Vern Yip may be best known as the affable, practical, opulently flower-loving panel judge for the entire eight-year run of HGTV’s Design Star, and before that, for his frequent appearances on TLC’s Trading Spaces. But Yip, an Atlanta interior designer, is also a trained architect, has an eponymous home products line and is the author of 2016’s Design Wise, an interiors primer. In the forthcoming Vacation at Home (Running Press, Aug.), he focuses on how to turn a disorganized, stress-inducing home into a serene retreat.

Your new book takes a specific angle: a home can be a personalized oasis. Why will this approach resonate now?

We have less and less time to unwind and relax, and that’s because we feel enormous pressure to put in the hours to get ahead. On top of that, we live in world where we’re expected to be constantly accessible through our phones and laptops. Most people get to go on vacation, if they’re lucky, for two weeks a year; does it make sense that you live the entire year for those two weeks? No, it doesn’t. You should be happy and relaxed and enjoying life, and that burden falls on the home because that’s where you’re going to be spending your most important moments, with friends and family.

How do vacations, and specifically hotels, works as models for how a home should function?

When you go into great hotel room, so many people think, I can finally relax! They’re not responding to the décor; they’re thinking, this room doesn’t have all my stuff in it, and it’s organized and clean. One of the principles of my book is spending time and effort to set the foundation that’s really today’s version of housekeeping: LED bulbs that mean you never have to replace a burned-out bulb; durable quartz countertops that don’t need to be resealed, ever; performance fabrics on the sofa so the dog can sleep on it, the kids can eat ice cream on it, you can take a nap without worrying that you’re going to drool on it.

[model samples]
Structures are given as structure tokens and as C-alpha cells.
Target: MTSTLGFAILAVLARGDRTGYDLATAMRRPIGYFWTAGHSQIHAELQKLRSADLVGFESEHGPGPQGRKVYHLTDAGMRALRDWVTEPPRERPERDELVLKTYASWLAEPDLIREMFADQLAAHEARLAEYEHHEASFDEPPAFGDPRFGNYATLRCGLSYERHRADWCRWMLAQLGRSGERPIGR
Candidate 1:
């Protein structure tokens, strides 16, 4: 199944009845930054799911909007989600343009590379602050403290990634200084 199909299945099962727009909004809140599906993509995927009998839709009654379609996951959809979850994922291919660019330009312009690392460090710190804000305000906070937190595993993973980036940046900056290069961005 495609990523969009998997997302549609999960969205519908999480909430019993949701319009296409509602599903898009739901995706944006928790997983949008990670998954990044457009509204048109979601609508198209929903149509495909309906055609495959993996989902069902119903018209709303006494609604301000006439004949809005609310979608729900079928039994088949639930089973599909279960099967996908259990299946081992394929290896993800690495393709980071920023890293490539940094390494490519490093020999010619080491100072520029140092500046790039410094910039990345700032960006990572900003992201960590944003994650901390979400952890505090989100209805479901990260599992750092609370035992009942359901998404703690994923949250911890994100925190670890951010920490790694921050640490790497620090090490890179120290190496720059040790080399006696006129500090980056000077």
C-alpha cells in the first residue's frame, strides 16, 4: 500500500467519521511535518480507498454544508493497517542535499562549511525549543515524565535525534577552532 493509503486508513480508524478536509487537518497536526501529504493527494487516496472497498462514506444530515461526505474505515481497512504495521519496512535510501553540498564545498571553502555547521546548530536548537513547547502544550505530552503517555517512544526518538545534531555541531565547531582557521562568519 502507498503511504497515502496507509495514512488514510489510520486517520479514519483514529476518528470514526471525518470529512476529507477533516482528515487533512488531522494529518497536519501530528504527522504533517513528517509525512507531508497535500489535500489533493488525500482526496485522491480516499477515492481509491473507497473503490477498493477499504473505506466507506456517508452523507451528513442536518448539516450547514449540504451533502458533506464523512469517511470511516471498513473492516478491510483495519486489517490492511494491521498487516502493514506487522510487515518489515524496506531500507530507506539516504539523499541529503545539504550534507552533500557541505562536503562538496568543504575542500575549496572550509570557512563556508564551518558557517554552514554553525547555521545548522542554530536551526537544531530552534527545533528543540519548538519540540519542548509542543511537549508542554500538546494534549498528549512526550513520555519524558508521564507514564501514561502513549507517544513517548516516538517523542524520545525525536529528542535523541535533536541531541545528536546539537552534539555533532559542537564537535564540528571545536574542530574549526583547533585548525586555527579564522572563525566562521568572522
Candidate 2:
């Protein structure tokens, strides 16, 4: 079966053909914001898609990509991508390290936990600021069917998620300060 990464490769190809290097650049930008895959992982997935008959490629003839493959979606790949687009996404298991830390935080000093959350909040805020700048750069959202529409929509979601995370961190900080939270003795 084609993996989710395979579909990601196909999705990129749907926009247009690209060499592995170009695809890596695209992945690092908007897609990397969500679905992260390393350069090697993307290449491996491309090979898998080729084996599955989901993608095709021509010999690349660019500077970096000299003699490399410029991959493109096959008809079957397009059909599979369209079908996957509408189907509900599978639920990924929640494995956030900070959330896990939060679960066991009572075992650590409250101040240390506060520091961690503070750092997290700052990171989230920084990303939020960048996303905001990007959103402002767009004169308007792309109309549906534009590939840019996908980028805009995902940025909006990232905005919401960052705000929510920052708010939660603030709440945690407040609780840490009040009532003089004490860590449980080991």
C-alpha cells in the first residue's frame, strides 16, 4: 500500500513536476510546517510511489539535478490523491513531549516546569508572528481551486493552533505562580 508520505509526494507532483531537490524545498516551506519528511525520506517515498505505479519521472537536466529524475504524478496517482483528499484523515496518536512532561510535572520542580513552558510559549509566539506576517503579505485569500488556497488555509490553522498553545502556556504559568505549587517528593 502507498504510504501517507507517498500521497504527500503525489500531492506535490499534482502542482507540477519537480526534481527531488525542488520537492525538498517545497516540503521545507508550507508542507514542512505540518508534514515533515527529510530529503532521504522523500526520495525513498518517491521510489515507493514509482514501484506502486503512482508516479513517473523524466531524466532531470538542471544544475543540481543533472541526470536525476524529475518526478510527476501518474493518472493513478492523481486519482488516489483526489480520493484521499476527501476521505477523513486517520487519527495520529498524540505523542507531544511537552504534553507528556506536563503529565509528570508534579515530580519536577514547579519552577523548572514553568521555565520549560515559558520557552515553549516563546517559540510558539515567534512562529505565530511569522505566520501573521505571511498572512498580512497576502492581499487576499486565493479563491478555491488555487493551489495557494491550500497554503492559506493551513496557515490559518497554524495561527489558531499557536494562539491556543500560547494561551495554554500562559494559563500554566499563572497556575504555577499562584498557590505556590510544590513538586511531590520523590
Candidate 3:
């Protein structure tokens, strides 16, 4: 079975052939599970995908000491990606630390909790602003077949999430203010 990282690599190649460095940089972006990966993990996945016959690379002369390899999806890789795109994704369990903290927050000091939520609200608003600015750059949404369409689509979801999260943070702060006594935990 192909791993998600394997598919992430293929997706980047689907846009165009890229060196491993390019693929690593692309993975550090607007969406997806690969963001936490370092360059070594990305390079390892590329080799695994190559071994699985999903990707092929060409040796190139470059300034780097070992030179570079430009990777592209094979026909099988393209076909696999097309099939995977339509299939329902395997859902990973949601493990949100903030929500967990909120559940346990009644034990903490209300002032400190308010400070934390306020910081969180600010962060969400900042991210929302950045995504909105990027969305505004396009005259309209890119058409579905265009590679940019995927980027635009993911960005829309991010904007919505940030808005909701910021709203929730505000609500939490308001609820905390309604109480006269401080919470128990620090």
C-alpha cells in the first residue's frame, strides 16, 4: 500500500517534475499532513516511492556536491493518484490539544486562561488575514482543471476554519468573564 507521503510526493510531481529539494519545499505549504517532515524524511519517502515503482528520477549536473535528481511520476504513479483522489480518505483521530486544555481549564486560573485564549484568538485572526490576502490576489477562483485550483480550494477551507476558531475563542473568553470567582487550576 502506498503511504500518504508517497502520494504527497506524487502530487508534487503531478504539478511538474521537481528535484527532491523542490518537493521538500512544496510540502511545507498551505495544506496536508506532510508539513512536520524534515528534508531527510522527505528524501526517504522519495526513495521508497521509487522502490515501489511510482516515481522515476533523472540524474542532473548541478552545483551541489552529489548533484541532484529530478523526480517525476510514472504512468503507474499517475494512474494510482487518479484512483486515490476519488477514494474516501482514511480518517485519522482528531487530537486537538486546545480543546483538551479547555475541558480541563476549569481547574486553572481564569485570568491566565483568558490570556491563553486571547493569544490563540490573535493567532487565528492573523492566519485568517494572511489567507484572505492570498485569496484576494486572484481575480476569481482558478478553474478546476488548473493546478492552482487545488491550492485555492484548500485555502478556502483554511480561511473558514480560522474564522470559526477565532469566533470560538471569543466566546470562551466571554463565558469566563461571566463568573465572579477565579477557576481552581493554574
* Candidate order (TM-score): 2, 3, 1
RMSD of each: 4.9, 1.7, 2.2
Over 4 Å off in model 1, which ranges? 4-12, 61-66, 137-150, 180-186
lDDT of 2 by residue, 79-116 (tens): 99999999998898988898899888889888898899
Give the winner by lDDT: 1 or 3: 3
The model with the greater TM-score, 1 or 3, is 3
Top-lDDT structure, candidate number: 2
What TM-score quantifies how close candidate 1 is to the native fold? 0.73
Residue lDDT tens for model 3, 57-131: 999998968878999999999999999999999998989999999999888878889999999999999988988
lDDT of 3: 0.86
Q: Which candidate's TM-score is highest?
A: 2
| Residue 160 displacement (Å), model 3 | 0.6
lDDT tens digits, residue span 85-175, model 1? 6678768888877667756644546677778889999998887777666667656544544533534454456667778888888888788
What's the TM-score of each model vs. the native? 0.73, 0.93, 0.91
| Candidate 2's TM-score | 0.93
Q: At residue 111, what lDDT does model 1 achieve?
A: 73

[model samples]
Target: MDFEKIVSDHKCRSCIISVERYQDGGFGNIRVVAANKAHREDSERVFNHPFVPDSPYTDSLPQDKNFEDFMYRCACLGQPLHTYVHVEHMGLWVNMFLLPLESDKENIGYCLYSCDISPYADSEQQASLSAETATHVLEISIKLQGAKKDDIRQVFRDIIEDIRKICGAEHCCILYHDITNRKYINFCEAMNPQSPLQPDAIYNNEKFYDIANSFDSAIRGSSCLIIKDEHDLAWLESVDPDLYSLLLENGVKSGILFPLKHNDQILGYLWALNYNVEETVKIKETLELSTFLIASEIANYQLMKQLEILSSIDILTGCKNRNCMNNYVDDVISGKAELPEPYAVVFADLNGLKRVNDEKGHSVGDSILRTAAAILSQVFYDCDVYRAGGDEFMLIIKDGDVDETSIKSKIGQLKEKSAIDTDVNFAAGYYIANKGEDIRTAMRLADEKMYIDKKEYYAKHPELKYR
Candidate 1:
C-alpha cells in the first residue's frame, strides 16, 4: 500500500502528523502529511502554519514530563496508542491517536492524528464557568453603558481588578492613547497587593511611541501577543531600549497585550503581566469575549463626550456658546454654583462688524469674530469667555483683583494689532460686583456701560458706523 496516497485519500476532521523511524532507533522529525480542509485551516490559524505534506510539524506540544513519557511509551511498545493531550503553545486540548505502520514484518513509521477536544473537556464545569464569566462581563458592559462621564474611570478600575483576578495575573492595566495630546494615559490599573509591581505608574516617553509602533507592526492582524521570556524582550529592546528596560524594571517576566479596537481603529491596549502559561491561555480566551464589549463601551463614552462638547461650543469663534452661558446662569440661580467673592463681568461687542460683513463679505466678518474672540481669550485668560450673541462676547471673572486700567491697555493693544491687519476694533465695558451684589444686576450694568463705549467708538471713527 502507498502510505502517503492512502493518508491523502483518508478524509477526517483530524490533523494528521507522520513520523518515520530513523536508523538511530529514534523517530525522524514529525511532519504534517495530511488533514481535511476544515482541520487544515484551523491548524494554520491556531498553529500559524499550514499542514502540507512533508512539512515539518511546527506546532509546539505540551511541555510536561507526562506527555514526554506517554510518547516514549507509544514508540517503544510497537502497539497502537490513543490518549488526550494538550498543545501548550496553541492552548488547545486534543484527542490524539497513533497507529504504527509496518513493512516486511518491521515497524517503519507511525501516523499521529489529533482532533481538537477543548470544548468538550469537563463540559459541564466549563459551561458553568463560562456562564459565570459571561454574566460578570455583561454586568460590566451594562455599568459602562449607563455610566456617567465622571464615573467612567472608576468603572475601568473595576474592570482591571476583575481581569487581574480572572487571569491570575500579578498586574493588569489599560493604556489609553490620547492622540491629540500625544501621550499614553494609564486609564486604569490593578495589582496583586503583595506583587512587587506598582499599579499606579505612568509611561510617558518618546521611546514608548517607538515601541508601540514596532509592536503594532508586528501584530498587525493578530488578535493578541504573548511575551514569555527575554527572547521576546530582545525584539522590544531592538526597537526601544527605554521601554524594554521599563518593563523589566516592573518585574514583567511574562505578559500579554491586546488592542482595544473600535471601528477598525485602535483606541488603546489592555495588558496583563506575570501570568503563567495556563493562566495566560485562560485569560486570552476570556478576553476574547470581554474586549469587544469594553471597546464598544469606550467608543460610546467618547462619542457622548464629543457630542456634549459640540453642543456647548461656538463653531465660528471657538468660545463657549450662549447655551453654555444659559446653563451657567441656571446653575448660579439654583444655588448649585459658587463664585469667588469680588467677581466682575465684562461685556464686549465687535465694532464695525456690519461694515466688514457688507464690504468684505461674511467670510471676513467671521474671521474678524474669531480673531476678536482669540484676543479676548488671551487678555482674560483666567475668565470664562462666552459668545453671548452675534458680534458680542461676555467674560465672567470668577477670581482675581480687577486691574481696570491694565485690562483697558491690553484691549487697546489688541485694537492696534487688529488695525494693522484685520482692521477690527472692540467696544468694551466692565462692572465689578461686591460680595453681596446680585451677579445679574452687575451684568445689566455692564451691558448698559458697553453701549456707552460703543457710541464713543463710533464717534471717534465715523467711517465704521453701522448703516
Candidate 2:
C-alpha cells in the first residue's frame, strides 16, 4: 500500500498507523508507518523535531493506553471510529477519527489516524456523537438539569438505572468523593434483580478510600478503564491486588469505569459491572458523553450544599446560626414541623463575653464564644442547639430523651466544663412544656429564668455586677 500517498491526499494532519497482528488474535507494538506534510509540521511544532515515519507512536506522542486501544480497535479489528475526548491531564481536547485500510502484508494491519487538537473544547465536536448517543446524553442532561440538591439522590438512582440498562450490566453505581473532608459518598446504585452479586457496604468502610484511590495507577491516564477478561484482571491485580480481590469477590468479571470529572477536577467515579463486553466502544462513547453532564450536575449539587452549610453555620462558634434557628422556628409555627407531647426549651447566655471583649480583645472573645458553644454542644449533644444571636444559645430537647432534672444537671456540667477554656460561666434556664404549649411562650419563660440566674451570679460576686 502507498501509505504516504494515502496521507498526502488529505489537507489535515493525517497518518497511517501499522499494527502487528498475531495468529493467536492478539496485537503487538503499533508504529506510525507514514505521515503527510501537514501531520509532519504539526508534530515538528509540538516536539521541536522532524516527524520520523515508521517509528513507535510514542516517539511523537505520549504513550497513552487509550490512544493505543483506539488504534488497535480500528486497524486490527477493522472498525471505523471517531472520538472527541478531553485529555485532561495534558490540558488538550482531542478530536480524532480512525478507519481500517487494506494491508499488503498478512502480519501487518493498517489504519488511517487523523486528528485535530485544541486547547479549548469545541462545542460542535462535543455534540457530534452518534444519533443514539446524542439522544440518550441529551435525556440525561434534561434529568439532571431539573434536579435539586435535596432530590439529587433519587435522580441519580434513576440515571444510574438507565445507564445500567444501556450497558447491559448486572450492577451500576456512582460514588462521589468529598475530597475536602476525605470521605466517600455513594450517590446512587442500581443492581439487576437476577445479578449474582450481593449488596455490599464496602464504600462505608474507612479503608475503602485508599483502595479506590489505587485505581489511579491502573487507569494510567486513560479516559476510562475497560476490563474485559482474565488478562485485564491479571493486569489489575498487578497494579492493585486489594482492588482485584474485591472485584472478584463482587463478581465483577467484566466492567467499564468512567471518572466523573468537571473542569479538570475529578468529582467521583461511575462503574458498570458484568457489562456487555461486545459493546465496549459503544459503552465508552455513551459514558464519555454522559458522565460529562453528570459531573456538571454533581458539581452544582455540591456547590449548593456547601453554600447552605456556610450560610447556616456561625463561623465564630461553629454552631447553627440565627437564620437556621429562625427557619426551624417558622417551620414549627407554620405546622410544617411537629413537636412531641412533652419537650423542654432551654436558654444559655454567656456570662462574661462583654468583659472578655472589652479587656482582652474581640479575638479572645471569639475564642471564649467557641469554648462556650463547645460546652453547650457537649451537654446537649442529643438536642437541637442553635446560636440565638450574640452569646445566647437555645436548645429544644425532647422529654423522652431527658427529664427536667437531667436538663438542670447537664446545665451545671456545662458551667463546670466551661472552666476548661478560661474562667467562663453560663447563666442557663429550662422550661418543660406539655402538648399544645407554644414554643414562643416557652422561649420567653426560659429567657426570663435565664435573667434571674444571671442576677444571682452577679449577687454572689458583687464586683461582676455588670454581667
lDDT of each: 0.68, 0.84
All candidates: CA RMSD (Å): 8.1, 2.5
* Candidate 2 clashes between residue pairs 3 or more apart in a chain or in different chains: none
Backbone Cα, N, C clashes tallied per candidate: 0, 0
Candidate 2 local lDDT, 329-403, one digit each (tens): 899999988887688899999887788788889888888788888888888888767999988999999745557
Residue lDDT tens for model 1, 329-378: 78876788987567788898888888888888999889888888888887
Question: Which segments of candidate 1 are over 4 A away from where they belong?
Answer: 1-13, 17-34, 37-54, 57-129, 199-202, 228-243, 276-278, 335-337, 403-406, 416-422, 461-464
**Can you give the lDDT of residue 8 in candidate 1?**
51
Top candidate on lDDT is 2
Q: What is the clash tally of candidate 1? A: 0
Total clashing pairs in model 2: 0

Where does your philosophy fit in with the minimalism concept, which is so popular now?

There’s been a trend in the shelter space reacting to the fact that people feel overwhelmed at home. Books on minimalism ask, “Do we need all these things?” I personally don’t think it’s livable long-term to have five photos, three books, and one towel to dry your body. I don’t think most people want to live that way. But they do want somebody to rescue them from the chaos that is their lives.

Why do you think people look to you for advice about this?

I have a life that’s relatable to a lot people. My husband and I are two career people with two kids and four dogs, and every day I do what millions of other people do: drop kids off at school, pack lunches, make sure dinner gets on the table, pay the mortgage, feed the dogs. I started my career trying to give people as much design as accessibly as possible, and to honor the fact that we all have different styles. This book is about sharing that information.

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